JavaScript Twenty-One
February 20, 2015 5:49 am
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This last month, I took a course in JavaScript to get myself back into programming and web design. The class included projects to work on that demonstrated each new concept, however I felt I needed an additional challenge.

Years ago I wrote a blackjack game in Pascal and I decided it would be fun to try to rewrite it in JavaScript, seeing what else I might be able to accomplish. I had none of the original code to go on, just the basic concepts of how I organized the game as I could remember them. Here is the result of my efforts so far linked below:

Technically Blackjack

This “web app” is my first attempt at writing a complete program in JavaScript. I wanted the site to work on desktop and mobile. It needed to look as much like an app as possible when accessed from mobile, and it needed to save the score and game state. Originally I considered only saving the score, but this would mean a user could refresh the page every time they though they had a bad hand.  This is not to say that the game can not be “hacked.” The entire game is written to run locally in the browser. Anyone with JavaScript skills should be able to figure out how to cheat. I may eventually rewrite the game to have a back-end that protects against this, but since this was just a fun project to get back into programming, I can’t say whether I will do that or not. Right now, I’m liking that when a user goes to play the game, the files are sent from the web server and then there is no more interaction, unless the user refreshes the page.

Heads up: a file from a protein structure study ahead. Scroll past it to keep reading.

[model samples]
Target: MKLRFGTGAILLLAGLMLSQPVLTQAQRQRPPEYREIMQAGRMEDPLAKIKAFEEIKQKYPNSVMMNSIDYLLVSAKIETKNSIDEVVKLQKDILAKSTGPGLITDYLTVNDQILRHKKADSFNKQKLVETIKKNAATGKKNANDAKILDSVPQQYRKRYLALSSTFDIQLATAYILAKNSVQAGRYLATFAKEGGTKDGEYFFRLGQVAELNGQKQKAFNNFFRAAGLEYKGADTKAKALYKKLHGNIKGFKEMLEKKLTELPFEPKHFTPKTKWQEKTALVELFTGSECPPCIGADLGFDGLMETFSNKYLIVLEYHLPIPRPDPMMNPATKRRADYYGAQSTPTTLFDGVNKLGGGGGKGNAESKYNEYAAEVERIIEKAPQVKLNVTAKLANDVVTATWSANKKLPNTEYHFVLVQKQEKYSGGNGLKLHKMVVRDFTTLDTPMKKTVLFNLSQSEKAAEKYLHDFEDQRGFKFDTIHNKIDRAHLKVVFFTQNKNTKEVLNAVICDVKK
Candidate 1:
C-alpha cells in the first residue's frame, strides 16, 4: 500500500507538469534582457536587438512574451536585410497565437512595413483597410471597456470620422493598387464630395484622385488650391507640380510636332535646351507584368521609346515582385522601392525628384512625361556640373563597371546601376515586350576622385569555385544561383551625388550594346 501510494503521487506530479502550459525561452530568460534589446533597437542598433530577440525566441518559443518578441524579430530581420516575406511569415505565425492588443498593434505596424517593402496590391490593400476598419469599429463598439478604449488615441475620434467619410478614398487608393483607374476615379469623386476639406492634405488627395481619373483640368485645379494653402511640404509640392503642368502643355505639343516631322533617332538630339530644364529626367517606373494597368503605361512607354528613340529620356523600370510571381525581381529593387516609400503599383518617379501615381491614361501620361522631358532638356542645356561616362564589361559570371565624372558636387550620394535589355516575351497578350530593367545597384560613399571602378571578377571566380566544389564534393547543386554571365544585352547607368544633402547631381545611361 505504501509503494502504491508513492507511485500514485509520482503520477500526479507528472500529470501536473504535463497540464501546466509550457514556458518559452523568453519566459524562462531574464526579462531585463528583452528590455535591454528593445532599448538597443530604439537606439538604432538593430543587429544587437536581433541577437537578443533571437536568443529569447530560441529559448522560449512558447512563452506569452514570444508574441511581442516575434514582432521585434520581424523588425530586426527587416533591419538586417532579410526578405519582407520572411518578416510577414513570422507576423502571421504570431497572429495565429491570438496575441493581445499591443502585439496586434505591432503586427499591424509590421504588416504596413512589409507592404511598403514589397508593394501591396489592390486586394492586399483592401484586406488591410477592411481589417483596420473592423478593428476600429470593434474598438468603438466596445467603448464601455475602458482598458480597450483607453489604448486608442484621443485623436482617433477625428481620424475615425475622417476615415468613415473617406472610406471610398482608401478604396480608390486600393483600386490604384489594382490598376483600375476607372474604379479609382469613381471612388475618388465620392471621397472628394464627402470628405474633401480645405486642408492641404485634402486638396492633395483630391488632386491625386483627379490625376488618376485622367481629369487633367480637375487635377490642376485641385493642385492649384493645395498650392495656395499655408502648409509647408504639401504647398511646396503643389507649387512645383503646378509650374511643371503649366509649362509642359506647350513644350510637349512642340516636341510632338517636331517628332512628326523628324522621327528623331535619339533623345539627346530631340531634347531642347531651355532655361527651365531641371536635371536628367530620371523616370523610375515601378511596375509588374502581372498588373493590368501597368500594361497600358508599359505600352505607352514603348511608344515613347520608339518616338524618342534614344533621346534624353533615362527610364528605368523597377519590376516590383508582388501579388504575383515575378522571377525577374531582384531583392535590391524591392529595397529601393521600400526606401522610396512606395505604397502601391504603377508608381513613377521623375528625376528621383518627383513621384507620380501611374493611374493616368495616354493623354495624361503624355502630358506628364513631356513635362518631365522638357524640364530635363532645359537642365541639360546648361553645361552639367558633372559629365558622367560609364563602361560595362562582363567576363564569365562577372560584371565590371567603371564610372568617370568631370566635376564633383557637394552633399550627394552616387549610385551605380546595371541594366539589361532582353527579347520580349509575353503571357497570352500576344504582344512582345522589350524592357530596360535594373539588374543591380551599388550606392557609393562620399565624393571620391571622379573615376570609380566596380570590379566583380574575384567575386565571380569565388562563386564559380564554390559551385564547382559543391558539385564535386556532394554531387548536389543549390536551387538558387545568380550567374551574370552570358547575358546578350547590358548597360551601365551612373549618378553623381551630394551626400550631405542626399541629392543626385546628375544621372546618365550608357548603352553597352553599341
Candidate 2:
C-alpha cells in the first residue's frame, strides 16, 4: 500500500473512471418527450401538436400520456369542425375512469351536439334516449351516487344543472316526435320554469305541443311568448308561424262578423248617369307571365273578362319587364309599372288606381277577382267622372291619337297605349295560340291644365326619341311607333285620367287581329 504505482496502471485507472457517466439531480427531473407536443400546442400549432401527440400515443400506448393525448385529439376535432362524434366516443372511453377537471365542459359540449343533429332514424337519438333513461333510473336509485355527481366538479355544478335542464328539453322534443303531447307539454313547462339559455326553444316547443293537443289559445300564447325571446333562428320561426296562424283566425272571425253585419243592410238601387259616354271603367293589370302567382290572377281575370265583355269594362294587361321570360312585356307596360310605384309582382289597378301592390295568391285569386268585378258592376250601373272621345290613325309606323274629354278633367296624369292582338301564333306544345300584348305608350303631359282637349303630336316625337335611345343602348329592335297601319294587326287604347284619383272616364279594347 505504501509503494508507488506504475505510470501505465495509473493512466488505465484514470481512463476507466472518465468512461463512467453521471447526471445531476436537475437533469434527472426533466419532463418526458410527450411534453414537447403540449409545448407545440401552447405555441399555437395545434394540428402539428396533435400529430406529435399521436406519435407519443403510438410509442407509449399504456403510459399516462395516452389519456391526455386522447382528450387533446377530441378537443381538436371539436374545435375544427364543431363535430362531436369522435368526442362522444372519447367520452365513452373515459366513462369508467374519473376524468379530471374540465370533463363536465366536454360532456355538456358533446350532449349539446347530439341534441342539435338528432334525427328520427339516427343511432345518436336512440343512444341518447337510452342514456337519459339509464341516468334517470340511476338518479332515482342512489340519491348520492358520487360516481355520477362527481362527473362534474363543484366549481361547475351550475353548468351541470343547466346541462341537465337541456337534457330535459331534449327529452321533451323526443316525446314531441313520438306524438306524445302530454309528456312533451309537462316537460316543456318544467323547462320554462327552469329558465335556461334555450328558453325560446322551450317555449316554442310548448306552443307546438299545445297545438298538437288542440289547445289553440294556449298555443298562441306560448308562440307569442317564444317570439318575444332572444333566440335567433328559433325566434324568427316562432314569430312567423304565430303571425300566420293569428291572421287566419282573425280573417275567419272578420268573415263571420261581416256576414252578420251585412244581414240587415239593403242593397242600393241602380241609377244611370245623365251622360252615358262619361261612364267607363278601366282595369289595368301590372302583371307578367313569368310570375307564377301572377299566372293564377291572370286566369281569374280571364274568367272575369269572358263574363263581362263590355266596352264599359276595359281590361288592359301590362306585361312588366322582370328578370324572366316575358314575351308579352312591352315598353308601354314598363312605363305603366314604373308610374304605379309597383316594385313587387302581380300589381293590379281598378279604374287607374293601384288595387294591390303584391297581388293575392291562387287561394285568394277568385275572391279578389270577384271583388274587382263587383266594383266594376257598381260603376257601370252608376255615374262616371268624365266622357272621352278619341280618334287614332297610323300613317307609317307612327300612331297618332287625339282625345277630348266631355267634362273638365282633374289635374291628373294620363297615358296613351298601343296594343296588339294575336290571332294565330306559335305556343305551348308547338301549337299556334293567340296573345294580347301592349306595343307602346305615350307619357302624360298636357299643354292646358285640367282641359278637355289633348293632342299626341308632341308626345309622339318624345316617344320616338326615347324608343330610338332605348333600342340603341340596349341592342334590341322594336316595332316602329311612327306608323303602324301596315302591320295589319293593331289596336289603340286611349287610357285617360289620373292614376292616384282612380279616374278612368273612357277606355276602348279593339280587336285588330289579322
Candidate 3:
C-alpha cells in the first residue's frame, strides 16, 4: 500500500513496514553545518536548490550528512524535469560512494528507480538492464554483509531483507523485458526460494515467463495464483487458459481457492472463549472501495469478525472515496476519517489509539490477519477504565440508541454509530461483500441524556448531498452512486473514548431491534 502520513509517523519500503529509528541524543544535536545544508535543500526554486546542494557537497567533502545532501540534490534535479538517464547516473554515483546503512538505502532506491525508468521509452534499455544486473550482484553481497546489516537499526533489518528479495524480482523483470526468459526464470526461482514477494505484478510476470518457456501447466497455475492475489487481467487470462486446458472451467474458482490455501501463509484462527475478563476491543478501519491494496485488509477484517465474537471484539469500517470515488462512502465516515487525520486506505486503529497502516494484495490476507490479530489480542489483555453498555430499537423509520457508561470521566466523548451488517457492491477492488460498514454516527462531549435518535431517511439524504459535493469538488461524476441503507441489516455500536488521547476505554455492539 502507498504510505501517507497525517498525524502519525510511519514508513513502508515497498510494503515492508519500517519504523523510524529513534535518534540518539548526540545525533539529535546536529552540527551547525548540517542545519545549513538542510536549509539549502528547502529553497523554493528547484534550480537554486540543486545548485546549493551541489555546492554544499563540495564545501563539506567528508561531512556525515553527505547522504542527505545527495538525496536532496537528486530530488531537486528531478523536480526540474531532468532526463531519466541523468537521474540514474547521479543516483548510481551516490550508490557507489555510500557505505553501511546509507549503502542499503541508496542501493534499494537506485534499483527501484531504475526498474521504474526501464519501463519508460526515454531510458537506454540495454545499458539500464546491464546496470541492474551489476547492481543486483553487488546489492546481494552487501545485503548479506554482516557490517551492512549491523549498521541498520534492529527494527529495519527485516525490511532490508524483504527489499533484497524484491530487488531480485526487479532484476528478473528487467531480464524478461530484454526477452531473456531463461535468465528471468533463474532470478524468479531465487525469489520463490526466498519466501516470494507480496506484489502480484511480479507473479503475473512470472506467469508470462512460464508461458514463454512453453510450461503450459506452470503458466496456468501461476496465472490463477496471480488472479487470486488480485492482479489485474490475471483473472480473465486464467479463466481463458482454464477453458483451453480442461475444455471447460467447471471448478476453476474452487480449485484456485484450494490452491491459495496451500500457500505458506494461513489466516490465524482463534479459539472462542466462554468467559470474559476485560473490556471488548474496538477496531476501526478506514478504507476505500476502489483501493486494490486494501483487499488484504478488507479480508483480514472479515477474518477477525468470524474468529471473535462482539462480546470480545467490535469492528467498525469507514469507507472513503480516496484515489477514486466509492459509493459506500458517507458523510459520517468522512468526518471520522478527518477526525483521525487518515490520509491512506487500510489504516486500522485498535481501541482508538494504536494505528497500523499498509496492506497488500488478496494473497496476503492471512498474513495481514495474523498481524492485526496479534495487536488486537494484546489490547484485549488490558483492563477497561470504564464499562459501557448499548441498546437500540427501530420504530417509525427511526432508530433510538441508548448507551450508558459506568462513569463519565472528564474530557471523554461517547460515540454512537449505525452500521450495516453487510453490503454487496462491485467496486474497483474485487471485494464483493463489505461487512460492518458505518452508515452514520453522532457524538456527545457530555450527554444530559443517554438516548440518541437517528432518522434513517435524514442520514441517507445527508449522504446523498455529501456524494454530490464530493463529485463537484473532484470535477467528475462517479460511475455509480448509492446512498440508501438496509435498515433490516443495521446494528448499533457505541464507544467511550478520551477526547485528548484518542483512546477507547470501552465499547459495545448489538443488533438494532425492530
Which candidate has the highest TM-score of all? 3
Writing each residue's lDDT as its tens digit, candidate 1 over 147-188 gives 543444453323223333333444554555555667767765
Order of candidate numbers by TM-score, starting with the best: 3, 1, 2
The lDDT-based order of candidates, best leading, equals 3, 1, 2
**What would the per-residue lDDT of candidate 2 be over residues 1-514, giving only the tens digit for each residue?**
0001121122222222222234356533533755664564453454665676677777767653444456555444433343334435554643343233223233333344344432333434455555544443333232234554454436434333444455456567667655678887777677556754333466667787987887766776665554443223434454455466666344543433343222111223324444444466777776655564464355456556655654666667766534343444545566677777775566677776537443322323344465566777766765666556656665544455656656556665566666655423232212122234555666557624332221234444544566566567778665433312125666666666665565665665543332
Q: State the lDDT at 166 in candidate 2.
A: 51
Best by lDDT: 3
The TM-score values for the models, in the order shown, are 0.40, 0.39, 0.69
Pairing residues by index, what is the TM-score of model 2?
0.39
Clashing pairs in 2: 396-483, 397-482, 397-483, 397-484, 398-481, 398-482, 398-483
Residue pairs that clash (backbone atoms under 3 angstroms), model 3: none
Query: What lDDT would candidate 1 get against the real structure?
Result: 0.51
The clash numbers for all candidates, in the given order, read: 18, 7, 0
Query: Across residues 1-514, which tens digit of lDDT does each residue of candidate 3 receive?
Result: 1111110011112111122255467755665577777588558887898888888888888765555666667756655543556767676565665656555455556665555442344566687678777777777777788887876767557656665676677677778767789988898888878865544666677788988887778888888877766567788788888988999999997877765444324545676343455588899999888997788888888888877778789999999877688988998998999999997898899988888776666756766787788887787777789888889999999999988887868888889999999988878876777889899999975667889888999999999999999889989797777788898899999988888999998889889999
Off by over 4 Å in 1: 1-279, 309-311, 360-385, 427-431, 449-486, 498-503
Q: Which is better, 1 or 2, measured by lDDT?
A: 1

The game state is stored to “Local Storage” on the client computer after every move, so the browser can be closed at any time and the player will be returned to exactly how the game was when they left. None of this information is sent back to the server.

JavaScript For The Win

The game uses various CSS tricks and JavaScript to do some animations, like the dealers card flipping over and a little bonus for when the player gets blackjack. The game was written without the use of jQuery. I may add it later, but for now, I wanted to write as much of the code myself as possible. That being said, I have researched all over the web to find different ways to accomplish what I had. I eventually included a sound library called howler, by James Simpson as the basic sound access from JavaScript does not work well on mobile for game sounds for a number of reasons.

The game is now completely functional, although I feel I need to do a few minor tweaks for display on some mobile devices. Insurance has not been implemented for an ace showing on the dealer’s hand and I may not add this at all. When the page first loads, there is a “splash screen” and this is not completed. I wanted make the game available though so friends could try it out and give me some feedback. ?

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This post was written by Tom

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